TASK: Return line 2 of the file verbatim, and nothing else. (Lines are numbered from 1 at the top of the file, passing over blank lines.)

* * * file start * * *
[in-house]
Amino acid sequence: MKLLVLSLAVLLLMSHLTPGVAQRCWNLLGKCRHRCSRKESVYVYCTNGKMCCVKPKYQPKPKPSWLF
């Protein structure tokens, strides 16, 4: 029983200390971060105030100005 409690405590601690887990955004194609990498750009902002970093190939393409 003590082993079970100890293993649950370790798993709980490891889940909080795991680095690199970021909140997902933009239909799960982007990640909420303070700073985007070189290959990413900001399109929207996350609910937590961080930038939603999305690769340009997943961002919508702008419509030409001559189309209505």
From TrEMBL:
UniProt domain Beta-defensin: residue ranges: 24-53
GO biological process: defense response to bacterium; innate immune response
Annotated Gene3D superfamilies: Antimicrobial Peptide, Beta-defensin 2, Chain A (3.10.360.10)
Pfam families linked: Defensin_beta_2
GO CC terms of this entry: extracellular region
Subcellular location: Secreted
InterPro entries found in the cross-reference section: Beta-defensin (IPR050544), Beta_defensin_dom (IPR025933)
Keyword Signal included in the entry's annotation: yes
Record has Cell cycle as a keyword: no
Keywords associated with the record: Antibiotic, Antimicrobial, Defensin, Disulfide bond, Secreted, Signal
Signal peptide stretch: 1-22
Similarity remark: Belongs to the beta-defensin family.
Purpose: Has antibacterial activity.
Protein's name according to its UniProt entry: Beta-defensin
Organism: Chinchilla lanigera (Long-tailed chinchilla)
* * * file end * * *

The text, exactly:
Amino acid sequence: MKLLVLSLAVLLLMSHLTPGVAQRCWNLLGKCRHRCSRKESVYVYCTNGKMCCVKPKYQPKPKPSWLF